LAHINCH man Pat Conway will complete his 40th Liscannor Bay swim this weekend. This is the 10th year that he has raised funds for the Burren Chernobyl Project (BCP) and to date he has brought in about €50,000 for the North Clare charity.
Cormac McCarthy of BCP explains the importance of Pat’s contribution.
“This would be one of our top fundraising events each year. The difference this makes is phenomenal over in Belarus. While we still make the shipments of clothes and toys, the money we raise in Ireland and spend over there is really important. We get huge bang for our buck by spending it over there so Pat’s fundraising is extremely important. We are hugely grateful to all our fundraisers but Pat’s would represent one of the major fundraisers we have each year,” he explained.
A direct swim from the prom in Lahinch to Liscannor across the bay is approximately 2km but Pat takes a slightly more circuitous route.
“No one has ever measured it. The swim would be around 2km but he does a longer version. The people who join him on the swim will take a slightly shorter route,” Cormac commented.
“Because this is the 40th anniversary of the swim, there are about 11 people joining him. If they raised €150 they could take part with him. That would be one of the larger groups we have had in recent years,” he added.
The swim begins at the prom in Lahinch at 3pm on Sunday. Both Cormac and Pat are hopeful for lots of support.
“We would love to see as many people out supporting him as possible,” Cormac stated.
“People can support Pat using www.mycharity.ie. All the links are on www.patconwayswim.com but we also want people to come out on the day to celebrate the 40 years of swimming. People will be able to donate on the day and we will be out with our buckets but all the ways to help donate are on the website,” Cormac stated.
At 57, Pat is looking forward to the swim. “The actual swim is not that difficult,” he said. “I used to do long distance swimming myself and this is only about two to two and a half miles, depending on the tide. Some years are really gruellng. It depends on the tide. You can get a rough tide or a calm tide. As the years have gone on, what I am looking for has changed. Now I would be hoping for the calm tide, whereas when I was younger I was hoping for a rough tide,” he noted.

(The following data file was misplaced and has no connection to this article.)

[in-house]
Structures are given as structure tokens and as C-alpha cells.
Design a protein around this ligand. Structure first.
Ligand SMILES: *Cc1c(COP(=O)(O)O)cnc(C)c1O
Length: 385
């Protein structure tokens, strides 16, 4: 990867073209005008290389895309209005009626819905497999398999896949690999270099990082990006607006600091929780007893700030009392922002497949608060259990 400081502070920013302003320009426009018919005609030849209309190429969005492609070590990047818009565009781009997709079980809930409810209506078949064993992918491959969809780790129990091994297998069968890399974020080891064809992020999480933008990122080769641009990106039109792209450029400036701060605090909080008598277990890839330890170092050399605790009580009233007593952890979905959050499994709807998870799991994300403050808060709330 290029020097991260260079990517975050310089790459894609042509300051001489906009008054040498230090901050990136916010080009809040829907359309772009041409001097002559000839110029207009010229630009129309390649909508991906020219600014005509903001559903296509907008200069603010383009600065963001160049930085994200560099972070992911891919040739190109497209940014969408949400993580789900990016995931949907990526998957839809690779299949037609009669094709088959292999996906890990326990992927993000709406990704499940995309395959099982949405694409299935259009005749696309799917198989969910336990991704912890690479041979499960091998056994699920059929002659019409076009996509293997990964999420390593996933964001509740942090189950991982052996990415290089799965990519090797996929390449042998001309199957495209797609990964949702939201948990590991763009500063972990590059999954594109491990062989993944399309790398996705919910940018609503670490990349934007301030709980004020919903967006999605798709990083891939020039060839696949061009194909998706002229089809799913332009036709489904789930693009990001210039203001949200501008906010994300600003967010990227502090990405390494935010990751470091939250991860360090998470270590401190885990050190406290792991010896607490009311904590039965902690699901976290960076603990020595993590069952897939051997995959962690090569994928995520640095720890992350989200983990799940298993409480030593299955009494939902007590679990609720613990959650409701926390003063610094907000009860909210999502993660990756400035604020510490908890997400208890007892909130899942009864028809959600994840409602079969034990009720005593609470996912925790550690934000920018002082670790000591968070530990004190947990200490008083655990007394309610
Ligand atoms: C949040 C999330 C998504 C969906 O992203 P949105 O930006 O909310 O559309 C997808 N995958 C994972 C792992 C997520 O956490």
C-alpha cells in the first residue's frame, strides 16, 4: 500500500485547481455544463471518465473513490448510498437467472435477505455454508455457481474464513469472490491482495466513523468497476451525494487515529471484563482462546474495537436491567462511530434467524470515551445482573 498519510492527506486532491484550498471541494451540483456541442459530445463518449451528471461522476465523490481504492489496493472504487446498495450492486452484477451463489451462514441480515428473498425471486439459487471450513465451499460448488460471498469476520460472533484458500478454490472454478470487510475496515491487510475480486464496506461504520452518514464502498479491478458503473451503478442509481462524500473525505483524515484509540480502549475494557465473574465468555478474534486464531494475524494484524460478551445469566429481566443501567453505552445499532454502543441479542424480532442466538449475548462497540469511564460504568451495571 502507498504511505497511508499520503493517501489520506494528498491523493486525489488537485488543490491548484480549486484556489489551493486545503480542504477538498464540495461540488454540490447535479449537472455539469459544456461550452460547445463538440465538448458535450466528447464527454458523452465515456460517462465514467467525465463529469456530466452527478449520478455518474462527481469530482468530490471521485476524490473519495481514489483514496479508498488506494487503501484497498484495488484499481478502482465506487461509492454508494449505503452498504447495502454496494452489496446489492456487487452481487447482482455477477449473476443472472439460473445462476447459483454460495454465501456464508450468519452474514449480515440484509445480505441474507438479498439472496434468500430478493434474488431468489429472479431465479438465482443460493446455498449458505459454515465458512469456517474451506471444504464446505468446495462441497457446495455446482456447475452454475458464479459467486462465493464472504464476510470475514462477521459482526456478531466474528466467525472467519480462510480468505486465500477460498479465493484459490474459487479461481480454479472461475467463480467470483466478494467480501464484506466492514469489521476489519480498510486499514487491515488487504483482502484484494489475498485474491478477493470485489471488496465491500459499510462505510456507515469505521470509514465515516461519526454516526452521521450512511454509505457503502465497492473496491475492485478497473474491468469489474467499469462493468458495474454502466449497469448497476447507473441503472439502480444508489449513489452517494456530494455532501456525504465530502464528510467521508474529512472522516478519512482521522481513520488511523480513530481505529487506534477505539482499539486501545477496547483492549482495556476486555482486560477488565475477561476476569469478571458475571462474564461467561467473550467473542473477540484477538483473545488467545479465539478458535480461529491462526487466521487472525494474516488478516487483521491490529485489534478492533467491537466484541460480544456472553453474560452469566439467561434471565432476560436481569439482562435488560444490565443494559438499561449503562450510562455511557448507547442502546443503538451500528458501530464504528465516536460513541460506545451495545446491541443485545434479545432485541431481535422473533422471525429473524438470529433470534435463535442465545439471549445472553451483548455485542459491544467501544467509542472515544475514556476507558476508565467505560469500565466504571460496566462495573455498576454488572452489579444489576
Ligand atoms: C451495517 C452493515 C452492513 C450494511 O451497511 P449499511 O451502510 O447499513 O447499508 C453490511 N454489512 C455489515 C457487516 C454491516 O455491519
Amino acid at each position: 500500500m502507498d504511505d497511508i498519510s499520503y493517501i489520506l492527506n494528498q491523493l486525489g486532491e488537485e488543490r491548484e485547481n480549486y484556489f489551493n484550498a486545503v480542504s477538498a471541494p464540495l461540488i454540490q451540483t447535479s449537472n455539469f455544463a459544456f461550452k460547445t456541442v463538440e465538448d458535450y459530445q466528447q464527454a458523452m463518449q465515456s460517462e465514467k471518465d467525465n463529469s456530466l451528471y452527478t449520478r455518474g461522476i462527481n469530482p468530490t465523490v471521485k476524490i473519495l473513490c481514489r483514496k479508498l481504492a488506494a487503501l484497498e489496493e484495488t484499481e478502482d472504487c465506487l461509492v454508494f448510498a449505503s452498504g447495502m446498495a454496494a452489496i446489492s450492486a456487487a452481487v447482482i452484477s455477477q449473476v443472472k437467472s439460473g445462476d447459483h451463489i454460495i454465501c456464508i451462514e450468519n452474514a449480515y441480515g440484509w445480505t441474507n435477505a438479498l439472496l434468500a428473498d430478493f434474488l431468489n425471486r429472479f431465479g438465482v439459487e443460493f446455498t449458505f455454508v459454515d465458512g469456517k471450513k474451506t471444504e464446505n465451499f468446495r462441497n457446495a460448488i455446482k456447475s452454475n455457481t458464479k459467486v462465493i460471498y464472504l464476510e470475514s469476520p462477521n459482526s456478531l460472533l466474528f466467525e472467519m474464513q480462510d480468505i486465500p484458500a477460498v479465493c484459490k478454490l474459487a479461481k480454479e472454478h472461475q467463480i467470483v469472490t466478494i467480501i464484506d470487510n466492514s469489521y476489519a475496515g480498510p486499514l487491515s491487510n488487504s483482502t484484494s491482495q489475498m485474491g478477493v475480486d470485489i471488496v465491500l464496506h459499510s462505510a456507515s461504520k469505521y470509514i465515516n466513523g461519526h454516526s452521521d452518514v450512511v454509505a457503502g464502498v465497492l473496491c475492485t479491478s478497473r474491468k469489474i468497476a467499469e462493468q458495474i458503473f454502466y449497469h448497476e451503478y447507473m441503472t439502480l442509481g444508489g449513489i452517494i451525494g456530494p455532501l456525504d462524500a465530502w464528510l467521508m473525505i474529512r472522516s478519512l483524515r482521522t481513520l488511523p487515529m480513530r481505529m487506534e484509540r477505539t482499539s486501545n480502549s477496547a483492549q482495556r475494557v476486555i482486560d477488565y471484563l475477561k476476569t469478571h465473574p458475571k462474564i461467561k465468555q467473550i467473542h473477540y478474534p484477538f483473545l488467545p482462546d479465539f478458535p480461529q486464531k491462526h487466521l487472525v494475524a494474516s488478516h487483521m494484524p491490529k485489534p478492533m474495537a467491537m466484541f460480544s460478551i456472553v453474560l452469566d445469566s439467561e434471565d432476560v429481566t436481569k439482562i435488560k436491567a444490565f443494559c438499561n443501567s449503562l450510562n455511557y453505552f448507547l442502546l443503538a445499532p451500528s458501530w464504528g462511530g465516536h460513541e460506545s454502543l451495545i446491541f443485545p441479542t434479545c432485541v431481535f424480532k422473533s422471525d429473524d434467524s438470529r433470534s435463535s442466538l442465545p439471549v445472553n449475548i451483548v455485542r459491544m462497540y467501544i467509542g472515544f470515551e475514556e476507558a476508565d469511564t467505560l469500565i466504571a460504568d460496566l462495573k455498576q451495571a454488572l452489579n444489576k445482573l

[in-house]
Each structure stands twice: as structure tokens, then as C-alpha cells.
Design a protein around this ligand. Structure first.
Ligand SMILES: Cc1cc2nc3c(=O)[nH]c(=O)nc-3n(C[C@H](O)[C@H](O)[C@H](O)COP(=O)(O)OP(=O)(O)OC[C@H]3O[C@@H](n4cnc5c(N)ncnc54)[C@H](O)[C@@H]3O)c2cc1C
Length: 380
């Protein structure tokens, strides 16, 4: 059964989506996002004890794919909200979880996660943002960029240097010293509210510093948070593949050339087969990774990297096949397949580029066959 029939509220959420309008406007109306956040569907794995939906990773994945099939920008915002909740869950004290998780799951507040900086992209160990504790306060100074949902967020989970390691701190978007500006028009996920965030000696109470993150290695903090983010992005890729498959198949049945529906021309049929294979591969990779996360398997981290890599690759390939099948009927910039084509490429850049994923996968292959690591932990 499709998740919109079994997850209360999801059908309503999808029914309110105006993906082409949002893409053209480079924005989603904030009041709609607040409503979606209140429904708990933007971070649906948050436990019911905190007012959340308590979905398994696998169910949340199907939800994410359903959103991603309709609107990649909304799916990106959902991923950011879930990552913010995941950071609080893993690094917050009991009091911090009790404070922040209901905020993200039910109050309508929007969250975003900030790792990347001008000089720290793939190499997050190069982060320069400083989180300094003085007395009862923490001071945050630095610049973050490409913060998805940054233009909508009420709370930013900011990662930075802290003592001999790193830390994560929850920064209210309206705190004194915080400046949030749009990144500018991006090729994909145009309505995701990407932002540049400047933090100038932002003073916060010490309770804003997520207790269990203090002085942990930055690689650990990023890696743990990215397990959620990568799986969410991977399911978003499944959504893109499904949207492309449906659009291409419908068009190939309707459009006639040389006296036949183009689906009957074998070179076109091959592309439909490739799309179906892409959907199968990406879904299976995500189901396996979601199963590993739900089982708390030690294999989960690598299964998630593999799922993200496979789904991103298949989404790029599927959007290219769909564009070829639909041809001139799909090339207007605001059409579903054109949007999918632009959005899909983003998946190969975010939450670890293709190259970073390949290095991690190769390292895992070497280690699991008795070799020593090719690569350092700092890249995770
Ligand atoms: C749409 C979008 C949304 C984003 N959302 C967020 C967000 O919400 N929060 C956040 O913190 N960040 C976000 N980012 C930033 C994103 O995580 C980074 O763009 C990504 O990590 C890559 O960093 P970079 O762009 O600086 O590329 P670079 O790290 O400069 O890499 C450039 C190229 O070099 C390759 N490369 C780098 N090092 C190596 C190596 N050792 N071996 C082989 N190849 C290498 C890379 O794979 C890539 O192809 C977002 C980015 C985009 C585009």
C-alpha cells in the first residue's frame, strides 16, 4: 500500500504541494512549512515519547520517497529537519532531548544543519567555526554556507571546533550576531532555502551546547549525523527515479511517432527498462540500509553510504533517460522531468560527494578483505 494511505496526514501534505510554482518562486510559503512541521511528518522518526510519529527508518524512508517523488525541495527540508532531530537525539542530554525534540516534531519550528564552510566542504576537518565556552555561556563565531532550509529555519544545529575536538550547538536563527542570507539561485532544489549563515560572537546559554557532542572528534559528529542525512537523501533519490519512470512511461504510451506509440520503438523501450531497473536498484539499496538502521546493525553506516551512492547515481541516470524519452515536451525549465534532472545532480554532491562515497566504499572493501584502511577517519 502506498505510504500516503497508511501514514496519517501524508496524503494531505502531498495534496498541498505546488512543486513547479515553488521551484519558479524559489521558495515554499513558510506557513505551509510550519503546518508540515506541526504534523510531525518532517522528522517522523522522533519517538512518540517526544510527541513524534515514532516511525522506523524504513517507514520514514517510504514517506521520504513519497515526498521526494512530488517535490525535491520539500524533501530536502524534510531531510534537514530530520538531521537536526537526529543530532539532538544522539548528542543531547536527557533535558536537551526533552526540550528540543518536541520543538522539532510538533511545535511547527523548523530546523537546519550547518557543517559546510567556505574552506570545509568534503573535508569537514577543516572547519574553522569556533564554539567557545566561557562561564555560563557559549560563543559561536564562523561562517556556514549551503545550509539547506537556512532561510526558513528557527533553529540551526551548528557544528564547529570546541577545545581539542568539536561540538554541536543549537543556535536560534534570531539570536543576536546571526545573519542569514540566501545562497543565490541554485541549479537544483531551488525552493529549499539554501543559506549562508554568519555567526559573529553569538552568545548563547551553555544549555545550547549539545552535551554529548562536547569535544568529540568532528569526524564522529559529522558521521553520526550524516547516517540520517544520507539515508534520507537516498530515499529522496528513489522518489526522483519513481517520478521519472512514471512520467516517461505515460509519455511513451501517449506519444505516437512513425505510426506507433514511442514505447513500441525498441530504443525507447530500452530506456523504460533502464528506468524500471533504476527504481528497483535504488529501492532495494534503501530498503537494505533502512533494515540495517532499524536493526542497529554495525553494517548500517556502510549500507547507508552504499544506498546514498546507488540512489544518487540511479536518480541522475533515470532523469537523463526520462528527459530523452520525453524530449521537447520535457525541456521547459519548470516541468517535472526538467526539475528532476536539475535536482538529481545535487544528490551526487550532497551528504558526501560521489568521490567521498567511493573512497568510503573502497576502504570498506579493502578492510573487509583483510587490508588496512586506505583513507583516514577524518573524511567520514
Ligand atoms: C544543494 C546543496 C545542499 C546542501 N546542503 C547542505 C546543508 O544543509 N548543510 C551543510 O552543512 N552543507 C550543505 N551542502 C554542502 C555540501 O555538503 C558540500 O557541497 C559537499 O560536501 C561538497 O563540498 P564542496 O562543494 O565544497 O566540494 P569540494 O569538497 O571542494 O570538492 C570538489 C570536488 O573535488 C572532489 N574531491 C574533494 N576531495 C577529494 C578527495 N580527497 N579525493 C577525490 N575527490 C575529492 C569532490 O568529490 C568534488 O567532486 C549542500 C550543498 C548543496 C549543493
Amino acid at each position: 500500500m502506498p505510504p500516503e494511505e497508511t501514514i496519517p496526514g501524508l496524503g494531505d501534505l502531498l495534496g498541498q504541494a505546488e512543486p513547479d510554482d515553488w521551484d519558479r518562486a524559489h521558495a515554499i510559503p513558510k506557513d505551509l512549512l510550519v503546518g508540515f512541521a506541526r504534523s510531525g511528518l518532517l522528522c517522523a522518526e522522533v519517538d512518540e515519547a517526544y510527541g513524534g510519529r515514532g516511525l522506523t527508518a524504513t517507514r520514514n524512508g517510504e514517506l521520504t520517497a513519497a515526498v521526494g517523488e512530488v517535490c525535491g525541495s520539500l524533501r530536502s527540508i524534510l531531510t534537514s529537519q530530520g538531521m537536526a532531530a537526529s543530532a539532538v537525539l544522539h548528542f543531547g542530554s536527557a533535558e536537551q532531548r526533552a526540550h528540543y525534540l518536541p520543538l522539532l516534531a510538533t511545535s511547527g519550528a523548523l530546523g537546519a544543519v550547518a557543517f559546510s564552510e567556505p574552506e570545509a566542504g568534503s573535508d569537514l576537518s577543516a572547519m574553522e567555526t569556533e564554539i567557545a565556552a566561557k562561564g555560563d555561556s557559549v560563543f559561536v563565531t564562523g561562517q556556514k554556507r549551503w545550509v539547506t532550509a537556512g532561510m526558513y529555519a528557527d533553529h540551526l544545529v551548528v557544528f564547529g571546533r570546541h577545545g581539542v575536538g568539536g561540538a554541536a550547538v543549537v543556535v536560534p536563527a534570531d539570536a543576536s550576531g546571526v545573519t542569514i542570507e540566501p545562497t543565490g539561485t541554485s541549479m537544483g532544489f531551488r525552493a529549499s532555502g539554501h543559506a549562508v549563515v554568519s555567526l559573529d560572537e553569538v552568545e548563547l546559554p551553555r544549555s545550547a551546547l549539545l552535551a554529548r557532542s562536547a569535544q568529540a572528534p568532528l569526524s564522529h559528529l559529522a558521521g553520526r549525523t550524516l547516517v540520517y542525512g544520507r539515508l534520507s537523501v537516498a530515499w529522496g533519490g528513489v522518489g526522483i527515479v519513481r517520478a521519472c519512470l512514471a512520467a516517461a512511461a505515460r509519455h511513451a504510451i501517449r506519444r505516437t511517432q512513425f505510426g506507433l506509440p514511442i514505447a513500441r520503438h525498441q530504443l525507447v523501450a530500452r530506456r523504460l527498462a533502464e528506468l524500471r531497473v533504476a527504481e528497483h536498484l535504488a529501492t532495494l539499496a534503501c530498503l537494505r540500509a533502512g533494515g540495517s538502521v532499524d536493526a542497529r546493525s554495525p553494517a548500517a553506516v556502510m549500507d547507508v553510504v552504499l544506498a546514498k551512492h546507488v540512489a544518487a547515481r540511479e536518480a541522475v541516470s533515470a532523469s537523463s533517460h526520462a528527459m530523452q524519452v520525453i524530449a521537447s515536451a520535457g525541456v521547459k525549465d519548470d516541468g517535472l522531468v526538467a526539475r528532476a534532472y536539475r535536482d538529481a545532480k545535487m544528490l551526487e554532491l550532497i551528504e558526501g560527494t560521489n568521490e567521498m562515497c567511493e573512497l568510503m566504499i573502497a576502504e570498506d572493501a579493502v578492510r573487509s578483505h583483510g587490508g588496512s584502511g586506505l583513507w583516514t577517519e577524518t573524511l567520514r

“Over the years it has got easier to get the help that I need. Lahinch Sea Rescue has come on board and Doolin Coast Guard. They are a great help. The worry I have is the number of swimmers that join me because I feel responsible for their safety. We have private boats that help on the day too and the safety aspect is looked after, so I can relax. Once you know all the safety boats are around you, it is a lot easier. When we started, we used to be lucky to get a currach. That is the difference between then and now,” Pat remembered.
Pat paid particular tribute to Brian McCarthy, native of Liscannor, who lives in Barcelona but returns every year to do the swim and assist with fundraising.
Forty years after his first cross-bay swim, Pat’s preparations have changed significantly. “I’ve gone out about 7.45am or 8am for 45 minutes every morning for the last two and a half months or so. There is no way that at 57 I could get in and just do it but I enjoy doing the swim and the training and enjoy what I am doing it for,” he outlined.
In the early years, Pat completed the swim for the Ennistymon Hospital and then for a boy who required specialist treatment in Eastern Europe. For the past 10 years he has raised money for Burren Chernobyl Project and this is unlikely to change.
“I think it is a very good project and I will keep doing it for them until I finish doing it. I think they are a great charity,” Pat concluded.